Robby Rechord: An Inspiration and a Role Model

Posted by: Brent Wallen on 4/30/13 9:16 AM

Expedition Denali right around the corner, the suspense and anticipation is building
every day. There’s no doubt the nine climbers who make up the team are focused
and are preparing themselves mentally and physically. Although these spirited
and courageous individuals are the nucleus for the entire expedition, have you
stopped and asked yourself who makes up the instructor team? One man comes to mind right away. He is a senior
NOLS instructor. He is an avid backcountry skier. His extensive winter camping
experience has led him to teach the NOLS professional level one avalanche
course and Winter Instructor Seminar. He is the NOLS Teton Valley program supervisor.
This spring he will be the first African American to lead a NOLS instructor
course. His name? Drumroll… Robby Rechord!


Robby grew
up in Chicago and was introduced to the outdoors at a young age by his
grandfather, who often took him fishing. Sometimes when his grandfather would
fall asleep in the heat of the day, Robby would wander off and venture through
the few acres of woods surrounding the pond, exploring every nook and cranny
like he was the first to have discovered it. His thirst for adventure continued
to grow into his college years when he attended Colorado College. There, he
discovered his true passion: skiing the pristine, unmarked backcountry slopes
of the West, which led him to settle in Jackson, Wyo. in 1994.

Expedition Denali
marks a sort of culmination for Robby. He is intoxicated by thought of being
the African American instructor on this team and delivering such a crucial and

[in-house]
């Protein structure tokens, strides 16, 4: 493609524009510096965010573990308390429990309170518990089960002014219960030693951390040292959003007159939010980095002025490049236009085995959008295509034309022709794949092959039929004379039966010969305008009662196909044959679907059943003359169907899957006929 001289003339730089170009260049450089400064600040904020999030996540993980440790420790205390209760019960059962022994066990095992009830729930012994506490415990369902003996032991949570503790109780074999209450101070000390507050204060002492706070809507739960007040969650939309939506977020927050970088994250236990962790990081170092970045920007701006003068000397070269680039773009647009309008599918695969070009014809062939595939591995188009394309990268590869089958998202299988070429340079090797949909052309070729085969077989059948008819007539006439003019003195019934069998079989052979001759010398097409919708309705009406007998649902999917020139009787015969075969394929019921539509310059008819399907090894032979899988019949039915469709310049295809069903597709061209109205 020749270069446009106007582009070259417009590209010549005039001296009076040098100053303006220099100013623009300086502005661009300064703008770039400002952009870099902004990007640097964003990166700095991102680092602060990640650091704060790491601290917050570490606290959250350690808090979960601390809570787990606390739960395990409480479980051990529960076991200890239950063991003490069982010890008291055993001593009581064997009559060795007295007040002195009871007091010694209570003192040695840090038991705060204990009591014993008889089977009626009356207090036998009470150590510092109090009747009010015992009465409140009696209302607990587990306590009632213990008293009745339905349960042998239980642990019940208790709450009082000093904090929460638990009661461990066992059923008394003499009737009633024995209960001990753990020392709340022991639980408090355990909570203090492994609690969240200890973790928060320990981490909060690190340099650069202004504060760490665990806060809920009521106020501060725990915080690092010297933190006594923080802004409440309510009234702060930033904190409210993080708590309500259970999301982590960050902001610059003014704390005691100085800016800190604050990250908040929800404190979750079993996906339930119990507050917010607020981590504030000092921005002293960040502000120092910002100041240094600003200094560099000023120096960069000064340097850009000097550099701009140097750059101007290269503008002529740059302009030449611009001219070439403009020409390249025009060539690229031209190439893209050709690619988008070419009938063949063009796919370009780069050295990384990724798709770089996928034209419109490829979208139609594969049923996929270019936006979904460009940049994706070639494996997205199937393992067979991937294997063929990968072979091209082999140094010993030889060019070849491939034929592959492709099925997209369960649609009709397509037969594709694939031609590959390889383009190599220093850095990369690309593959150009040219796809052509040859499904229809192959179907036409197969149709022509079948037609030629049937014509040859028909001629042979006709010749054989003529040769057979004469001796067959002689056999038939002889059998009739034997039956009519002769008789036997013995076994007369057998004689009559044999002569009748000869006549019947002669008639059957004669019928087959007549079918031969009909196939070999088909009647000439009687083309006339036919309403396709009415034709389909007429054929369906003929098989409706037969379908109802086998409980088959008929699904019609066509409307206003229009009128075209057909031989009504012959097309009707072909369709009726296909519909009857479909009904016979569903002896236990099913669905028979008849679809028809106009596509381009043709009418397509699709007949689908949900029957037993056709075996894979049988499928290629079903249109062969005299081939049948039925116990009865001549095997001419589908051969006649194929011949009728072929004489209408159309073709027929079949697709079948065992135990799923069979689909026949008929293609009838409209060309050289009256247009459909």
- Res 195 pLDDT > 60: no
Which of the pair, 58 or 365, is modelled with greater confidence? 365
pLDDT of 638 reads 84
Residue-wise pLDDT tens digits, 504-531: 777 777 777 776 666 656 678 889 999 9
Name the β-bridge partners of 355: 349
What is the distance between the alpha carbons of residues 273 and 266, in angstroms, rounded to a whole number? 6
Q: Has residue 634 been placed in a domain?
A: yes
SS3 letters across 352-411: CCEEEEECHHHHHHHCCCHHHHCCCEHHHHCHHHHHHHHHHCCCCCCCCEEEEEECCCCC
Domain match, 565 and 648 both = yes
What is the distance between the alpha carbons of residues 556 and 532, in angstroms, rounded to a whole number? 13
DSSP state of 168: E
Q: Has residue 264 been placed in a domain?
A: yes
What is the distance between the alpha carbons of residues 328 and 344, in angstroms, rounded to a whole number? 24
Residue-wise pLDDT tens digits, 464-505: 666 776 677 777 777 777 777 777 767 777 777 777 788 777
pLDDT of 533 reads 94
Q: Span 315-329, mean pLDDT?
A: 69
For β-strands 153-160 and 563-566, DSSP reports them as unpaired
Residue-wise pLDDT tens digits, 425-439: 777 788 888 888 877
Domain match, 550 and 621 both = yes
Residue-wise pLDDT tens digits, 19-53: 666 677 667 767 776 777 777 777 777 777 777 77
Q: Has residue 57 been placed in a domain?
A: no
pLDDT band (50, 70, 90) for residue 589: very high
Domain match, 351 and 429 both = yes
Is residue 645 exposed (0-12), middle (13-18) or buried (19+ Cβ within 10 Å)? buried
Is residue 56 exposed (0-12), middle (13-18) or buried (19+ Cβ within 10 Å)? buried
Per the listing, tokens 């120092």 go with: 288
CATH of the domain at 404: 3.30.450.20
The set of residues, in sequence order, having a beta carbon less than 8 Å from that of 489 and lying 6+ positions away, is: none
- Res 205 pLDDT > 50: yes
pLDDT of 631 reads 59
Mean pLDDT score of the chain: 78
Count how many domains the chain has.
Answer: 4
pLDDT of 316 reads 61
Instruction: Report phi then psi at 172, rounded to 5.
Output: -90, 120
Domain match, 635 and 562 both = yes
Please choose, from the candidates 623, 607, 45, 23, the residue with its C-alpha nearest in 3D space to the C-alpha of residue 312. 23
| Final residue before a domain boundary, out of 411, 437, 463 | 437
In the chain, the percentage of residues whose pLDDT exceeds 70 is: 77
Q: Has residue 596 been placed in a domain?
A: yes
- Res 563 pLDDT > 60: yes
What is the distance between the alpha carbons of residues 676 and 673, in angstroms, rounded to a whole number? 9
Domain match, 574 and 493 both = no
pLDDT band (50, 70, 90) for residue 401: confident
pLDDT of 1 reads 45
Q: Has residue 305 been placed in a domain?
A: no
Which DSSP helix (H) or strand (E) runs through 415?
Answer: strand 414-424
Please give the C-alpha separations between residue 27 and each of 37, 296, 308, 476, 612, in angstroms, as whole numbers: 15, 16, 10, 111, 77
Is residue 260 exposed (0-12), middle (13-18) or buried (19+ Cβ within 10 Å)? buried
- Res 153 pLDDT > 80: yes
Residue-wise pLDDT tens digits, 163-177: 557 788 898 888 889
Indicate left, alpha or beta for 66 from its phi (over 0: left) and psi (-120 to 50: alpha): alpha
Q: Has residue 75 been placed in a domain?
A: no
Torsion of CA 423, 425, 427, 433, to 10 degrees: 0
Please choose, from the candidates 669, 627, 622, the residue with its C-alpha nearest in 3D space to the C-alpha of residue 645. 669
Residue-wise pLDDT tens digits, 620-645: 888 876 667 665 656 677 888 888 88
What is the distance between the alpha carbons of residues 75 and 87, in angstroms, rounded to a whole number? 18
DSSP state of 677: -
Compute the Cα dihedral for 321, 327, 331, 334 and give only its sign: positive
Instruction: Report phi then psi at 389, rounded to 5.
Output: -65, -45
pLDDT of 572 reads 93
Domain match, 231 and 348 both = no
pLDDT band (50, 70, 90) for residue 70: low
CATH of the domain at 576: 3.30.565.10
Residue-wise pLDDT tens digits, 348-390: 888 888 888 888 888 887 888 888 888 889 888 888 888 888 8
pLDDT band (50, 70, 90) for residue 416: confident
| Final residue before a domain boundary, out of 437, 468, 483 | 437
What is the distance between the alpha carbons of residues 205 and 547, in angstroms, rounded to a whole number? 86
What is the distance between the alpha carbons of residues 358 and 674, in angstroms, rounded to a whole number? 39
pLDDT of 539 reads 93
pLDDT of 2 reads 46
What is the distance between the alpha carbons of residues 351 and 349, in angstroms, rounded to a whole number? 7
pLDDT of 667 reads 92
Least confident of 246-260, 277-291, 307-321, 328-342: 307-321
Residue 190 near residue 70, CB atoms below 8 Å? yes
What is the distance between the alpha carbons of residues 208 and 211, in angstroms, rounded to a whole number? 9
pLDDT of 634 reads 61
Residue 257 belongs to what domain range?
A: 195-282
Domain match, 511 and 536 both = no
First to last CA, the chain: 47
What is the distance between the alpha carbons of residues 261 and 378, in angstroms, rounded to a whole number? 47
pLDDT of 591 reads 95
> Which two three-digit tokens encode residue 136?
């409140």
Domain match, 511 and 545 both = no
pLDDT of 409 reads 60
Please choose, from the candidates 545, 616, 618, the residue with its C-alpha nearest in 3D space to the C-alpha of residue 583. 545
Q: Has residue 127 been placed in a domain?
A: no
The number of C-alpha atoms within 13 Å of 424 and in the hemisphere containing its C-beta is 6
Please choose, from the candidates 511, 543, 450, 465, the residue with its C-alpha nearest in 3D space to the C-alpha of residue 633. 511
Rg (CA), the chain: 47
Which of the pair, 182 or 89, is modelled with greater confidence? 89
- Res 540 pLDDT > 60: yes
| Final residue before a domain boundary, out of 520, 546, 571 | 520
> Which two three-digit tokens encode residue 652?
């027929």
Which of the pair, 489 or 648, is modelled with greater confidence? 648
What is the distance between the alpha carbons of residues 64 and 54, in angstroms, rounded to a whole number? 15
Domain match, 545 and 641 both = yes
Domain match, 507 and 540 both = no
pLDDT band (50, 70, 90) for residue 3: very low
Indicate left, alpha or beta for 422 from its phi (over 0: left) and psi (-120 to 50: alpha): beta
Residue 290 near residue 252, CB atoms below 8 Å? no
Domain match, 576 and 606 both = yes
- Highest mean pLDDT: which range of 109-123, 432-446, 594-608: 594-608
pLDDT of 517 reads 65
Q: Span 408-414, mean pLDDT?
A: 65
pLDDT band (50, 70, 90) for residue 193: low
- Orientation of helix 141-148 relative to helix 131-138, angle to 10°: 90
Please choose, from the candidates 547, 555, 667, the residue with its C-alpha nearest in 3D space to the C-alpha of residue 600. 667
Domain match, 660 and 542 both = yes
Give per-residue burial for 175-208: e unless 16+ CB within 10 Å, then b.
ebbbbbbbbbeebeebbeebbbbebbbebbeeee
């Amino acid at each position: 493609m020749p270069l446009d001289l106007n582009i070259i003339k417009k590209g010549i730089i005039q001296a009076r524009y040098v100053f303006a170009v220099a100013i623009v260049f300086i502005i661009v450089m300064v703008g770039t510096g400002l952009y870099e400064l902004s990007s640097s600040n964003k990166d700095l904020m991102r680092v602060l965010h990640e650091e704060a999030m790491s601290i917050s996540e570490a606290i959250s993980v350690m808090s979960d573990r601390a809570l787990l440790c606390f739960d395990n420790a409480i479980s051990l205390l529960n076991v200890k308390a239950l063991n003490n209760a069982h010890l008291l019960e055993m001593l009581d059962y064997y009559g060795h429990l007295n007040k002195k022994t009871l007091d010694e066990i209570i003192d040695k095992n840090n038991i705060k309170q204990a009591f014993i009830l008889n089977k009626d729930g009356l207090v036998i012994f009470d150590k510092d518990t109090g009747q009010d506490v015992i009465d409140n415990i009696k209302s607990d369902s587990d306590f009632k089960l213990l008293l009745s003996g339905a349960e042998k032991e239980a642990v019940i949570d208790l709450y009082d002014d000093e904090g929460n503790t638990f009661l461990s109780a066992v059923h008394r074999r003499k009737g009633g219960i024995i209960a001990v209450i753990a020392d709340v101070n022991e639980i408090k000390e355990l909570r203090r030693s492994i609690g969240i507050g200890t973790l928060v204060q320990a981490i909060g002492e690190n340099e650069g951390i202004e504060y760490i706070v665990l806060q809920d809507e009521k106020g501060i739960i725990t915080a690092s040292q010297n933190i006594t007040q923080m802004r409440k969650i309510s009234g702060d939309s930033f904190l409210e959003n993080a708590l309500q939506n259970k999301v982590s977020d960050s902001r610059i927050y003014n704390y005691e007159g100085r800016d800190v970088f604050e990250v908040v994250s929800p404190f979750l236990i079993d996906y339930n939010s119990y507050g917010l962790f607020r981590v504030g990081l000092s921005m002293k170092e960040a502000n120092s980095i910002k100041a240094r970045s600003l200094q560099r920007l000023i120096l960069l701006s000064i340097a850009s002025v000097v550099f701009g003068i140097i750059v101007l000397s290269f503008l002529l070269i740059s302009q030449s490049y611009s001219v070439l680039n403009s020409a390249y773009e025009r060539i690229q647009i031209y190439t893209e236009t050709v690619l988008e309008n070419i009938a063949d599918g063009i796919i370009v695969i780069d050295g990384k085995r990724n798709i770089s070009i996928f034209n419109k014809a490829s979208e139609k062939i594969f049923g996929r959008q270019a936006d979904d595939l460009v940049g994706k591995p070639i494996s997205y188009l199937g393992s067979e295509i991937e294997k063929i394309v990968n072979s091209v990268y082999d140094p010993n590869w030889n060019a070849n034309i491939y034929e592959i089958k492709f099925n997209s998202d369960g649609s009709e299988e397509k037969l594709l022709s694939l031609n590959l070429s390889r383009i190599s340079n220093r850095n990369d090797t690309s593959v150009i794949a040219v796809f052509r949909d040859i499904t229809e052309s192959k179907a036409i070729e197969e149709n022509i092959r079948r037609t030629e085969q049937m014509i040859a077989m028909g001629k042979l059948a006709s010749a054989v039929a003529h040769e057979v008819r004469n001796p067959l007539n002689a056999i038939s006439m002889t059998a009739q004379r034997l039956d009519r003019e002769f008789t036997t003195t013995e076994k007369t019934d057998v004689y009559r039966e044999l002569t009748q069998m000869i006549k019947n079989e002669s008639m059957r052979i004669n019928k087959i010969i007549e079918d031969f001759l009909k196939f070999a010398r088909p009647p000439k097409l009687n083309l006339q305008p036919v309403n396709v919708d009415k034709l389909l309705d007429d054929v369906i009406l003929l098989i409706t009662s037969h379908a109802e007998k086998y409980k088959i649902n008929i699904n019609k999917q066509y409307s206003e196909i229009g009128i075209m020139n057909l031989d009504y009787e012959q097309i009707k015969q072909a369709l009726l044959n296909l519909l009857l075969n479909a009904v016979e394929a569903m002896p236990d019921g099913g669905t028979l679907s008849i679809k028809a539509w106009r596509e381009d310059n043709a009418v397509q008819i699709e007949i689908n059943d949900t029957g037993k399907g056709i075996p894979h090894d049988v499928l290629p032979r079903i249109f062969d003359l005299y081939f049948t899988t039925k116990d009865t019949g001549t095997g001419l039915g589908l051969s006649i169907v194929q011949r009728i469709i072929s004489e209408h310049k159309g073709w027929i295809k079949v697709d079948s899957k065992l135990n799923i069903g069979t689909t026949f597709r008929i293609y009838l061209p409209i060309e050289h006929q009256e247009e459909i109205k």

significant message to the world. He hopes the expedition will play a pivotal
role in exposing the outdoors to more African Americans. His mindset is simple
and straightforward: “Why not try this? Take a look at the cultural standing of
black people in America. We are playing the race card on this one. We need to
get more black people outside to create advocates for our beautiful and natural
places.”A chord also struck Robby when two
of his fellow climbers made comments that Expedition Denali, “Is a way of giving
permission to black people to do something outside the norm,” and “Could help
combat the obesity epidemic among black women.”

Now, with
all this in mind, we must also recognize that going into the backcountry for a
30-day expedition isn’t everybody’s cup of tea. Robby knows we must meet people
where they’re at. So instead of creating the misconception that Expedition
Denali is going to generate an army of young black mountaineers, he suggests making
alternative choices when planning a vacation. How about instead of going to
Vegas or on a cruise, try visiting one of our national parks? If you live in
the city, Chicago for example, get out and go for a walk along the lakeshore
and listen to the birds and watch the sunrise (or sunset), and reap the numerous
benefits of that simple act. Robby hopes that those who take a liking to the
natural world also consider it as a career option, not only as an avenue of
recreation and reflection. From a field biologist to a forest ranger, we need
people of color in these positions to welcome more people of color as the years
pass on.

It’s true for all of us that we
need to unplug from our laptops and phones more often. With the ever-increasing
technological advances, it is often an oversight that nature will become more
and more important as well. We are a generation that is “logged in and tuned
out.” Nature, whatever arrangement you seek it in, is raw and true. It has
therapeutic benefits undiscovered by many. Our lands are sacred treasures that
need to be kept close to our hearts. So, if you are someone who isn’t currently
keen on the thought of wilderness, just ask yourself, “Why not try it”?